The American Insurrecto (1911) y The Insurrecto (1911)

De estas dos cintas existe una mínima información que consiste en breves sinopsis publicadas en The Moving Picture World; para la primera en el número del 25 de noviembre de 1911 (Vol. X. No. 8, p. 656) y un anuncio que publicita varias cintas de la compañía Kalem. La película se estrenó el 27 de noviembre de 1911 en Estados Unidos.

The Moving Picture World del 17 de noviembre de 1911 (vol. 10, No. 7, p. 596)
The Moving Picture World del 17 de noviembre de 1911 (vol. 10, No. 7, p. 596)

THE AMERICAN INSURRECTO (Nov. 27).—Dirk Lennard, a young American soldier of fortune, fighting for Mexican freedom, is pursued by Federal soldiers. Wounded and in sore straits, and his horse finally giving out. Lennard almost gives up hope. While sorely pressed and practically exhausted, he is discovered by Mona, an Indian girl.  Believing that the American would be better treated by the white people than by her own tribe, she helps Lennard to the nearby ranch of Don Silvestre, a Federal sympathizer. Dick is recognized by the don’s daughter from descriptions sent broad-cast. She tells her father he is a spy and a messenger is sent after the soldiers. Mona, learning of the white man’s dangerous plight, goes to the chief of her tribe, who has long been a suitor for her hand, and gives him her promise to marry him if he will save the paleface. The rescue is effected and Mona fulfills her promise.

No confundir la anterior cinta con la siguiente. Ambas películas son de la Kalem y fueron filmadas en 1911. A continuación un par de notas sobre The Insurrecto; ambas publicadas en The Moving Picture World del 22 de abril de 1911 (Vol. VIII, No. 16, p. 904):

The Insurrecto – Joe Benton finds his orange crop a failure and foreclosure inevitable. Learning that recruits are wanted for the insurrecto army in Lower California, Joe meets the leaders and is offered a huge sum to help intercept a train carrying ammunition. Their plans are interrupted and the insurrectos flee in all directions. Joe escapes to the mountains. In a lonely miner’s cabin be finds a rifle and determines to put up a stiff fight before being taken. Dick Martin, who has heard of the pursuit of the insurrectos, returning to his home, finds his rifle gone and correctly concludes the fleeing men have passed that way. Learning of the reward offered for their capture he follows their trail. Joe, while climbing a hill through the underbrush, accidentally shoots himself. Dick, who is not far behind, hears the shot and rushes to the scene. Joe tells Dick that he accidentally shot himself and is dying, and gives Dick the money the insurrectos have previously given him, asking Dick to take it to his wife. Dick carries the wounded insurrecto to the nearest settlement, but delivers a dead man to the marshal, who pays him the reward. True to his promise to Joe, Dick calls on his wife and tells her of his sad ending, at the same time giving her the money for which the husband had sacrificed his life. Dick, moved by Mrs. Benton’s sad plight, adds the reward to the young husband’s money and saves the home.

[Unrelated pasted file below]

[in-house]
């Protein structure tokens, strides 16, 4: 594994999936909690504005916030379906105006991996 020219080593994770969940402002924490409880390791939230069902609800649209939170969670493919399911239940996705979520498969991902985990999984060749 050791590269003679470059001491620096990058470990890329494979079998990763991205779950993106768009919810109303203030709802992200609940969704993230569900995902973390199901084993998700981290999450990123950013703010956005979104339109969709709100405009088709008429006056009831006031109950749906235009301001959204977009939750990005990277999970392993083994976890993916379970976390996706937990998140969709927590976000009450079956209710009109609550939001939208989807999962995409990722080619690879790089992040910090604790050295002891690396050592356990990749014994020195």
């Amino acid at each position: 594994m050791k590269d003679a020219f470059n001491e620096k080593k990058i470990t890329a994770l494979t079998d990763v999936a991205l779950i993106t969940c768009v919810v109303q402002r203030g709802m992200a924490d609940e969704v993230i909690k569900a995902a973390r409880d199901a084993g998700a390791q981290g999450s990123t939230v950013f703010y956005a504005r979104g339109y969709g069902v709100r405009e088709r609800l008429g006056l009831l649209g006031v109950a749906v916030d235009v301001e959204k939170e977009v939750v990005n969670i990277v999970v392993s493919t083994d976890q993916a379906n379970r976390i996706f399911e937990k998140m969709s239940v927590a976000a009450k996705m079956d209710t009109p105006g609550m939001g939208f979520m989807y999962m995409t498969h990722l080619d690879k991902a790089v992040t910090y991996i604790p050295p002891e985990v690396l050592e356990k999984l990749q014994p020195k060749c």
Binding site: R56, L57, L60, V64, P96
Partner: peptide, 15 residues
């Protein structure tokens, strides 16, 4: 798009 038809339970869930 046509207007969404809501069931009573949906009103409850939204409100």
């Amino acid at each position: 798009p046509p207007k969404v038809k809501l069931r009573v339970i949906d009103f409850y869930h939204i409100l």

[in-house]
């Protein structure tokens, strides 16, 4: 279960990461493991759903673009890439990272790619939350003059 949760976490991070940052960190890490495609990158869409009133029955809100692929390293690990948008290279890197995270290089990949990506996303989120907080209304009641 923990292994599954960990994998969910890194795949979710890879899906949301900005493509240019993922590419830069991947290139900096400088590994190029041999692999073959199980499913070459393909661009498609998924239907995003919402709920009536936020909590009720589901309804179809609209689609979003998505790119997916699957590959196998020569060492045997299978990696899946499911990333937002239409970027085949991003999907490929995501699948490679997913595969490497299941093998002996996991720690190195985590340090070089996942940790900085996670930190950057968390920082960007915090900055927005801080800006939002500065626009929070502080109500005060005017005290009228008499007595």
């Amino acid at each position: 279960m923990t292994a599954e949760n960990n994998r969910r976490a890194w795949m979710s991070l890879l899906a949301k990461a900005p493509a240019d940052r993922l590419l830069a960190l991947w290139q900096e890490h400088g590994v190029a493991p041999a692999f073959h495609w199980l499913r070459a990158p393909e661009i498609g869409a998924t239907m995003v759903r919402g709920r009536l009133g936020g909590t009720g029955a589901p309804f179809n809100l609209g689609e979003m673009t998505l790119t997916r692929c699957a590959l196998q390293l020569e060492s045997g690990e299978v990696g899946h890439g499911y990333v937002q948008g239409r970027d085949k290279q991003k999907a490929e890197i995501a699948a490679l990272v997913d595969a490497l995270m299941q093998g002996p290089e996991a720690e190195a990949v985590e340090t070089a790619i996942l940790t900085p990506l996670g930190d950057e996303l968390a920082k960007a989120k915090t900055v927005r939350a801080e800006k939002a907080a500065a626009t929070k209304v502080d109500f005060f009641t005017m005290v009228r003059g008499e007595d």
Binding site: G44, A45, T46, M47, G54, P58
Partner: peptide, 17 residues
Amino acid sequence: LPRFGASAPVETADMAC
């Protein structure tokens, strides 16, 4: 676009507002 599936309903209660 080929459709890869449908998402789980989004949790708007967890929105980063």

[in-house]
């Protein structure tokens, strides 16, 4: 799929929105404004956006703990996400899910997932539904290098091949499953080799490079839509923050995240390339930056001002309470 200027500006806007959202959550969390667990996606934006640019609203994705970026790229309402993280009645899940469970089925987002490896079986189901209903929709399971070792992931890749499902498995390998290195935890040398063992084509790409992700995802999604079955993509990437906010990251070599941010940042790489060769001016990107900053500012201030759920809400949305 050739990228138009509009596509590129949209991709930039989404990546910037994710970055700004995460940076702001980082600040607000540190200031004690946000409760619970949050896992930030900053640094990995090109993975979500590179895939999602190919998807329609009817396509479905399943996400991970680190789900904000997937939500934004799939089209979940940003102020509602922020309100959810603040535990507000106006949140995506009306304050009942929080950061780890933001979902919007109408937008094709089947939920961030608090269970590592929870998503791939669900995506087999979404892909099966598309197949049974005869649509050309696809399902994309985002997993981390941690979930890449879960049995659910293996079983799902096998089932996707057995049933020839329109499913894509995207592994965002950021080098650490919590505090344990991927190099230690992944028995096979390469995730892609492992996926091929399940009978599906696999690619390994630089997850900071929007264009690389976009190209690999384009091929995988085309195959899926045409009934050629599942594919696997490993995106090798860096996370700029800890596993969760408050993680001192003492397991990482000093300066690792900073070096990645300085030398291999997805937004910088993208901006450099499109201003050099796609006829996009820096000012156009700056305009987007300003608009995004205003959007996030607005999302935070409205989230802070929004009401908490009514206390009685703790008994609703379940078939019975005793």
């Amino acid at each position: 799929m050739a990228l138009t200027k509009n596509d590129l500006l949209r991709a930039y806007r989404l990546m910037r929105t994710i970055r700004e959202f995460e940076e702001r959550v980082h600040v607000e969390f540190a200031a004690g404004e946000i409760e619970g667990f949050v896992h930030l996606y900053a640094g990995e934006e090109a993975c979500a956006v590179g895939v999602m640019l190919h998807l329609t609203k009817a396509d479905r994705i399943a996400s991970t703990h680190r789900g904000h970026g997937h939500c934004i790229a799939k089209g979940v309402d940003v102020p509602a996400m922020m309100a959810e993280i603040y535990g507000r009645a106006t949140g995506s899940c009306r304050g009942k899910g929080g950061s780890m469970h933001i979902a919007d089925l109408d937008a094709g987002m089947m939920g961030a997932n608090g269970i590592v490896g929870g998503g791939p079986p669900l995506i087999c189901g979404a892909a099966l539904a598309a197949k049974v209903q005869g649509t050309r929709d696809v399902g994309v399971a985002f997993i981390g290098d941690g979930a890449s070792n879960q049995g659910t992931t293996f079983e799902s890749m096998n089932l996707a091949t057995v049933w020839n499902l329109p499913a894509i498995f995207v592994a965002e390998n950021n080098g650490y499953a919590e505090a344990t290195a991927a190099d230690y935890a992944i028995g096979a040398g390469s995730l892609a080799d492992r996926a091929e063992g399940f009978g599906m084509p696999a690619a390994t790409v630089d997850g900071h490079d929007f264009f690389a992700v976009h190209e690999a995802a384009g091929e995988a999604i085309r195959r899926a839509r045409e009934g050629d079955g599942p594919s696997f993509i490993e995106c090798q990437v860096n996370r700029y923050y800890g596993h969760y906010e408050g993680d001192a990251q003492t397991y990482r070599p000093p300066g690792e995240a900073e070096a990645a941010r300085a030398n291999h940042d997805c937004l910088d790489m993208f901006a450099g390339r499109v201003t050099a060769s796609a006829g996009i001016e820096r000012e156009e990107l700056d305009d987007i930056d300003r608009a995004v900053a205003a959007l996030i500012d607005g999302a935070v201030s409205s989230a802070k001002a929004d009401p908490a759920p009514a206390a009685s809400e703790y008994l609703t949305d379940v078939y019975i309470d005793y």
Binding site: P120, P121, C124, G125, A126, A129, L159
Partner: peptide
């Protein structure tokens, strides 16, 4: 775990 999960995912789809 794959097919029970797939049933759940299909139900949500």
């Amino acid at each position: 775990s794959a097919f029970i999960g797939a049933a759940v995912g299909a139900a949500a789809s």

Y del 6 de mayo de 1911 (Vol. VIII, No. 18, p. 1019):

“The Insurrecto” (Kalem) — This story ostensibly represents some of the scenes in the present uprising in Mexico. But the picture presents nothing that would stamp it as connected with the Mexican difficulty except the presence of the ammunition train. Indeed, it might be made at any time and might be also merely a picture of any brush warfare The portion representing the insurrecto wounded and dying, as well as that which shows the sheriff’s posse and the capture of the wounded man by the miner, present none of the pomp of war; yet, perhaps the picture will be more beneficial than interesting for this reason if this represents the Mexican imbroglio accurately there is little inducement for soldiers of fortune to follow the insurrectos further into the Mexican domain.

Por su parte, Emilio García Riera en México visto por el cine extrajero menciona lo siguiente respecto a estas cintas de la Kalem:

Más común en las películas de la Kalem fue la expresión de un wishful thinking — ilusión voluntariosa — alentado por el viejo Destino Manifiesto: en 1911, otras tres cintas de la Kalem — una de abril, The Insurrecto, y dos de noviembre, A Prisoner of Mexico y The American Insurrecto — propusieron a héroes norteamericanos como cabecillas de revoluciones mexicanos. Esta suerte de inversión imaginaria en heroismo y capacidad de mando (leadership), previsora de futuros beneficios políticos y económicos… (p. 49)

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